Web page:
While a sizeable 50mm case makes it unsuitable for people with smaller wrists, the 1.43in OLED display within it is a joy to use. And opting for Wear OS makes it easy to access the wide range of health and fitness features, including over 100 types of workout and detailed sleep tracking.

Sadly, accessing this data relies on the underwhelming Mobvoi Health app, and there’s no option to use a virtual assistant or add LTE connectivity.

But with such great battery life (a big improvement compared to the earlier TicWatch Pro 3 Ultra), the TicWatch Pro 5 is definitely worth considering.

Read our full

Mobvoi TicWatch Pro 5 review

9. Mobvoi TicWatch Pro 3 Ultra – Strong battery life



Durable design

Unique display technology


First-party app needs work

Some synching issues

Best Prices Today:

$299.99 at Amazon

Mobvoi’s TicWatch Pro 3 Ultra is one of the most rugged timepieces we’ve seen from the company; integrating the Pro line’s signature dual-display technology into a hardy form factor, running Wear OS 2 and offering respectable battery longevity.

It can’t quite match the battery life of dedicated premium outdoor watches like Polar’s Grit X Pro, or those with more modest hardware, like Amazfit’s recent offerings, but there’s little else that’s this hardy and this capable in the smartwatch space right now.

Alongside Google’s Wear OS, software the Pro 3 Ultra sports a full-colour AMOLED display and a monochromatic FSTN display that, in Essential Mode, can help extend longevity from 3 to 45 days per charge.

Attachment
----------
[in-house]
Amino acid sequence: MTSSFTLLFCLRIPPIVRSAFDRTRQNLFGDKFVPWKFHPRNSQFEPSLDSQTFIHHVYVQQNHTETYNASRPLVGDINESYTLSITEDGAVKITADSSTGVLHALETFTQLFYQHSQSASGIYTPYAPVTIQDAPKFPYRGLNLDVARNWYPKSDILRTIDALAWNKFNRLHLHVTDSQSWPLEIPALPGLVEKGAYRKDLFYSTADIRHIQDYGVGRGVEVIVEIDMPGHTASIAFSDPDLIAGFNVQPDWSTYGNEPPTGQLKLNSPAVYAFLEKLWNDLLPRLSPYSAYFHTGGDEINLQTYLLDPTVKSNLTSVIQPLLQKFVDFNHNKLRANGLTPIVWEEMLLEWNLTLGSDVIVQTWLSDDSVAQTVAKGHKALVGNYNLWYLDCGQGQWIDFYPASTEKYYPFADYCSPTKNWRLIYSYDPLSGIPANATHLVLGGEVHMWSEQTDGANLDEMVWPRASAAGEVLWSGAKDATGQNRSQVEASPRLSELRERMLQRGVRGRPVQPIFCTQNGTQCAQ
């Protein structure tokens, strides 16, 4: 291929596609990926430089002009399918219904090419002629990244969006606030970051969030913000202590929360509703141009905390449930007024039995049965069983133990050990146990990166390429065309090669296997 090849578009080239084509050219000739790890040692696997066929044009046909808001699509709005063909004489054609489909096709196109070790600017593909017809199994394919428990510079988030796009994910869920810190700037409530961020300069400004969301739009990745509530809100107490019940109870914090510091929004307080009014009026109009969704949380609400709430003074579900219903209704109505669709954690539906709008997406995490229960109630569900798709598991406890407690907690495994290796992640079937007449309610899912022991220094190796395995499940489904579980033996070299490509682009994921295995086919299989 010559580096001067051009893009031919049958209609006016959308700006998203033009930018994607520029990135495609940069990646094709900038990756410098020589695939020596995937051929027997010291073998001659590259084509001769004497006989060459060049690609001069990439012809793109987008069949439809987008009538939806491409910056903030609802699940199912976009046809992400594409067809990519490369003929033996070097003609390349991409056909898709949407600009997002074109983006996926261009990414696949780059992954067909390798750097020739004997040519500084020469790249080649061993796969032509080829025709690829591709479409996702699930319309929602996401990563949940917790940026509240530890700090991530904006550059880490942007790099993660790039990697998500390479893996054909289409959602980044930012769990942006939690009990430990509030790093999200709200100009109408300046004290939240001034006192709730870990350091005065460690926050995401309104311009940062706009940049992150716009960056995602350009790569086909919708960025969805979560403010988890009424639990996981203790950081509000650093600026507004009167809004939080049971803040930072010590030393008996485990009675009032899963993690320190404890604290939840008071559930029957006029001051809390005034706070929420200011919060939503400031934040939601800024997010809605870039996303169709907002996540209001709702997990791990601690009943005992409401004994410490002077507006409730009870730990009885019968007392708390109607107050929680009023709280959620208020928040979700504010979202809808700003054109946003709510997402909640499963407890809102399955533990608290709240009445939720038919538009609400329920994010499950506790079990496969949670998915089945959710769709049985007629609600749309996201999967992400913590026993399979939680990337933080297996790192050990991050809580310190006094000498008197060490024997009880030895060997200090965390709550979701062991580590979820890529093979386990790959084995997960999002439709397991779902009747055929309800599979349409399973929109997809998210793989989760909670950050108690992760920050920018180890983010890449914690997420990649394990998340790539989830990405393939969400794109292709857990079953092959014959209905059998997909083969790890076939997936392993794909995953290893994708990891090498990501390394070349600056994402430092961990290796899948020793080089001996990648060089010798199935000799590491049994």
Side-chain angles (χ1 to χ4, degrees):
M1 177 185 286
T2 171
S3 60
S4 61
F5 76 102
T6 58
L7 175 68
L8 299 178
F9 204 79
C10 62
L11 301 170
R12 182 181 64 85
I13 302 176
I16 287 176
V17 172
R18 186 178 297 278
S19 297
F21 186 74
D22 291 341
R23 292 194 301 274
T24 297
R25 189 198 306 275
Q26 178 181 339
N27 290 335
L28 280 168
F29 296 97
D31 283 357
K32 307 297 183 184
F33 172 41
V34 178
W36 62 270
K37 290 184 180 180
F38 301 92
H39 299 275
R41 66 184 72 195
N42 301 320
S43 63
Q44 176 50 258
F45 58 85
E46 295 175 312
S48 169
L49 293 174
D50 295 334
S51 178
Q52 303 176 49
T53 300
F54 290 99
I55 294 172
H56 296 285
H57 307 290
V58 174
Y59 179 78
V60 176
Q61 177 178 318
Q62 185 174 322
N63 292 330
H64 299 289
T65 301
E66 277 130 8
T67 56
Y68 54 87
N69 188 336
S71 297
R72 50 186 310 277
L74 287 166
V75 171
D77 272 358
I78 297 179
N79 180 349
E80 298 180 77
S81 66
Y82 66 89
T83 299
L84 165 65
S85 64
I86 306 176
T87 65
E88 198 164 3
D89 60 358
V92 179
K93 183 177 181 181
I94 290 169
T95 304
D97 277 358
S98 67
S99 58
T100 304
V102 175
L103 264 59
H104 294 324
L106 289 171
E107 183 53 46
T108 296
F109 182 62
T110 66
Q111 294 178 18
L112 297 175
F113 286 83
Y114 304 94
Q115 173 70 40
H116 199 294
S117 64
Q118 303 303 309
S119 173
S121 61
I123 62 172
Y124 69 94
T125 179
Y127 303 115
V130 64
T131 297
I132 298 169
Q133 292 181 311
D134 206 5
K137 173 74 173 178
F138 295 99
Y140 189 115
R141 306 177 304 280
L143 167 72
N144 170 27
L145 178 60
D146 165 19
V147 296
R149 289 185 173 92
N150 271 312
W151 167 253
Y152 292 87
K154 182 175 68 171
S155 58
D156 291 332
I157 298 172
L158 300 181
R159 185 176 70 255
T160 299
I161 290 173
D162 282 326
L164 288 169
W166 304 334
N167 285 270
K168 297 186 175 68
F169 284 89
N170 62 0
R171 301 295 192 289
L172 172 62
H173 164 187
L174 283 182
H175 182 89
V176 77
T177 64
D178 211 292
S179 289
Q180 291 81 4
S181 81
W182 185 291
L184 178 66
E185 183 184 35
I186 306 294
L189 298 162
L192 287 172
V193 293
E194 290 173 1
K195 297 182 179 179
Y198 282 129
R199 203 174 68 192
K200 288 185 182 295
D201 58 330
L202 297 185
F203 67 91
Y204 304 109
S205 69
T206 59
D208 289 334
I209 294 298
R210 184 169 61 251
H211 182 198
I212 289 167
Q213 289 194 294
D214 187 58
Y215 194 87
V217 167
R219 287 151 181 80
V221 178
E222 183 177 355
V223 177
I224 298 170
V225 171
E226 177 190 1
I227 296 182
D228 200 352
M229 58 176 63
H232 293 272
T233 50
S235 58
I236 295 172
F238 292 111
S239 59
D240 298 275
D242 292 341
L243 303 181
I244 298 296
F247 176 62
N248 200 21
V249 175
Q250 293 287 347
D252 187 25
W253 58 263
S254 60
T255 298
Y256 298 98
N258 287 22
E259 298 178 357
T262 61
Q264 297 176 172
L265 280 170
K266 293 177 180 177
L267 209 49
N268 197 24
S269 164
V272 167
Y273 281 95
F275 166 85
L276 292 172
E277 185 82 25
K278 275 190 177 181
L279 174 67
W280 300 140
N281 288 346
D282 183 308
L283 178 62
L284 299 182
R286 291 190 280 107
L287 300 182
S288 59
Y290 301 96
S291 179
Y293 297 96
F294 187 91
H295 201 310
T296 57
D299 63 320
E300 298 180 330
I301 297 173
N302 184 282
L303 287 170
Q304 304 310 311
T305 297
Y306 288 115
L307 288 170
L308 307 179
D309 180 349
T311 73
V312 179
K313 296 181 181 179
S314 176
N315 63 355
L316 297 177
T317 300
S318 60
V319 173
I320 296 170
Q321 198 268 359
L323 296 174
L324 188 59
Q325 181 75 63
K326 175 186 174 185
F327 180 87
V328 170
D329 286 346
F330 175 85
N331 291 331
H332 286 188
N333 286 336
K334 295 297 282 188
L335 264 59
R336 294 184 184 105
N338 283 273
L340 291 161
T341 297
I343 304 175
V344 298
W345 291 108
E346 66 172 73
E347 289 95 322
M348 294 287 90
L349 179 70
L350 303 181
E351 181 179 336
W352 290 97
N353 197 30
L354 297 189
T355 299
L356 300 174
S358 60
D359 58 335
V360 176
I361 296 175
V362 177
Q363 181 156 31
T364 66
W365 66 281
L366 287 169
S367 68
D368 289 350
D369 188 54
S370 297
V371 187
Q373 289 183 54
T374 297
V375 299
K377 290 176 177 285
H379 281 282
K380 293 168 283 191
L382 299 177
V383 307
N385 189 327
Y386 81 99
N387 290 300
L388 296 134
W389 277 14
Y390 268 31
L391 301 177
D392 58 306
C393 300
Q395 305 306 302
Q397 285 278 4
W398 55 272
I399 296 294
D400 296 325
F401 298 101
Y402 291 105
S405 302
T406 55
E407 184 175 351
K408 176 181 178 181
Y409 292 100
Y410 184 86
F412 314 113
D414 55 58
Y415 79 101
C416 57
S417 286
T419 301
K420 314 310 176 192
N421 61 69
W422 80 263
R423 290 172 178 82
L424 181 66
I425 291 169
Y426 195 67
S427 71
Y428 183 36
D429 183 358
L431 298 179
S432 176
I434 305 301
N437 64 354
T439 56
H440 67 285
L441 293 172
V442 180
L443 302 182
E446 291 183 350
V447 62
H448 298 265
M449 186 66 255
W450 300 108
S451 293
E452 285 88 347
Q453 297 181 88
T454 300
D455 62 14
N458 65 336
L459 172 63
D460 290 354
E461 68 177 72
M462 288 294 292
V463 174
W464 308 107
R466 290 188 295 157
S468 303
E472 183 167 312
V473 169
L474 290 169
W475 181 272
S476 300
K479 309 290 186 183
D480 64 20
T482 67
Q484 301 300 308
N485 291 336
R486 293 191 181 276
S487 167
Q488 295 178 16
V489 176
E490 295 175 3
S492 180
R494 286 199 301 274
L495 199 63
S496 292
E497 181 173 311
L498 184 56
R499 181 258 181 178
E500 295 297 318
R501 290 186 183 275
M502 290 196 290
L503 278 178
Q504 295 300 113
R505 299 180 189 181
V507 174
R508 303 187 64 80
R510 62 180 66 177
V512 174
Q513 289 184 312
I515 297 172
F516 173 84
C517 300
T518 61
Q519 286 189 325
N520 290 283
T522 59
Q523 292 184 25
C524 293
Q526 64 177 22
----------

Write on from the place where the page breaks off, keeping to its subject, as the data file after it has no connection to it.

Read our full

Mobvoi TicWatch Pro 3 Ultra review

10. Amazfit GTS 4 Mini – Best on a budget


Lovely design

Great range of health features

Strong battery life



Few third-party apps


Not the most accurate tracker

Best Prices Today:

$99.99 at Amazfit

There’s no denying that the Amazfit GTS 4 Mini is a great looking compact smartwatch, with a sleek, slim, and comfortable design that bears more than a passing resemblance to the Apple Watch.

It also benefits from brilliant two-week battery life, among the longest of any smartwatches, despite the fact that it’s also among the cheapest and smallest.

The downsides are that third-party app support is limited, so really this sits halfway between a full smartwatch and a simple tracker. That tracking can also be slightly less reliable than the competition, so to some extent you get what you pay for.

Still, it’s sufficient for basic tracking, as is the larger Amazfit GTS 4 and the similar (but circular) Amazfit GTR 4.

Read our full

Amazfit GTS 4 Mini review

Buying guide to smartwatches


Why do you need a smartwatch?

There’s an interesting theory that smartwatches are to the smartphone what wristwatches were to the pocket watch. Picture the way the average gentleman used to have to rummage through his pocket for his watch prior to the 20th century. Now skip forward 100+ years and the average smartphone user still has to dive into their pocket to check their phone.

The kicker now is that your smartphone holds far more information than a pocket watch ever did, all of which is still locked into your pocket.

Smartwatches aren’t for making phone calls – although some can – instead, they (among other things) provide a quick and easy way to check your phone’s notifications, so you can decide whether it’s worth delving into your pocket or searching around your bag to fetch your smartphone and properly action anything.